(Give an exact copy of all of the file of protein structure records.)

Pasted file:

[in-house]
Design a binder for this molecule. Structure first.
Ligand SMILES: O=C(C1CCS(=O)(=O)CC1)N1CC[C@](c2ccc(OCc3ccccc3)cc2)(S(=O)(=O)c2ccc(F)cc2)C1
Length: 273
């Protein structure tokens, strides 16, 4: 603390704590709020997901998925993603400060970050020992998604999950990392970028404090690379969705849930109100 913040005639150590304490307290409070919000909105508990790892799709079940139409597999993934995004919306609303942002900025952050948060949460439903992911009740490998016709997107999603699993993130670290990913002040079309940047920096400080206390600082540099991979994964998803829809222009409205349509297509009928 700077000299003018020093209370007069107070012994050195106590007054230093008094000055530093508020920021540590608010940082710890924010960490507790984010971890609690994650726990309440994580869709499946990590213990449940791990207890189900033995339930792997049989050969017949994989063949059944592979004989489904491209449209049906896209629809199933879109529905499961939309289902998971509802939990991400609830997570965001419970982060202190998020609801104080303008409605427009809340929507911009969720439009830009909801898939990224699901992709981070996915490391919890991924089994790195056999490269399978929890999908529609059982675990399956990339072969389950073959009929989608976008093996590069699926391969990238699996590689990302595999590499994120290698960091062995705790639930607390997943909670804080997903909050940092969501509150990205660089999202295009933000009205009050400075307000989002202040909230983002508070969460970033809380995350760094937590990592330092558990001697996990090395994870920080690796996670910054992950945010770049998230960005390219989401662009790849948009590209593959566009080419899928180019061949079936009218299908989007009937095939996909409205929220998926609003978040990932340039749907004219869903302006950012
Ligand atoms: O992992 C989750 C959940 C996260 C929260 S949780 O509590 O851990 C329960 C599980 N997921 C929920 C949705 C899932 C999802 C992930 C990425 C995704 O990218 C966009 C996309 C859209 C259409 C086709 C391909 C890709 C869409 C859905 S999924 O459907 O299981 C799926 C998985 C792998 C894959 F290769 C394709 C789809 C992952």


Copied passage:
[in-house]
Design a binder for this molecule. Structure first.
Ligand SMILES: O=C(C1CCS(=O)(=O)CC1)N1CC[C@](c2ccc(OCc3ccccc3)cc2)(S(=O)(=O)c2ccc(F)cc2)C1
Length: 273
């Protein structure tokens, strides 16, 4: 603390704590709020997901998925993603400060970050020992998604999950990392970028404090690379969705849930109100 913040005639150590304490307290409070919000909105508990790892799709079940139409597999993934995004919306609303942002900025952050948060949460439903992911009740490998016709997107999603699993993130670290990913002040079309940047920096400080206390600082540099991979994964998803829809222009409205349509297509009928 700077000299003018020093209370007069107070012994050195106590007054230093008094000055530093508020920021540590608010940082710890924010960490507790984010971890609690994650726990309440994580869709499946990590213990449940791990207890189900033995339930792997049989050969017949994989063949059944592979004989489904491209449209049906896209629809199933879109529905499961939309289902998971509802939990991400609830997570965001419970982060202190998020609801104080303008409605427009809340929507911009969720439009830009909801898939990224699901992709981070996915490391919890991924089994790195056999490269399978929890999908529609059982675990399956990339072969389950073959009929989608976008093996590069699926391969990238699996590689990302595999590499994120290698960091062995705790639930607390997943909670804080997903909050940092969501509150990205660089999202295009933000009205009050400075307000989002202040909230983002508070969460970033809380995350760094937590990592330092558990001697996990090395994870920080690796996670910054992950945010770049998230960005390219989401662009790849948009590209593959566009080419899928180019061949079936009218299908989007009937095939996909409205929220998926609003978040990932340039749907004219869903302006950012
Ligand atoms: O992992 C989750 C959940 C996260 C929260 S949780 O509590 O851990 C329960 C599980 N997921 C929920 C949705 C899932 C999802 C992930 C990425 C995704 O990218 C966009 C996309 C859209 C259409 C086709 C391909 C890709 C869409 C859905 S999924 O459907 O299981 C799926 C998985 C792998 C894959 F290769 C394709 C789809 C992952």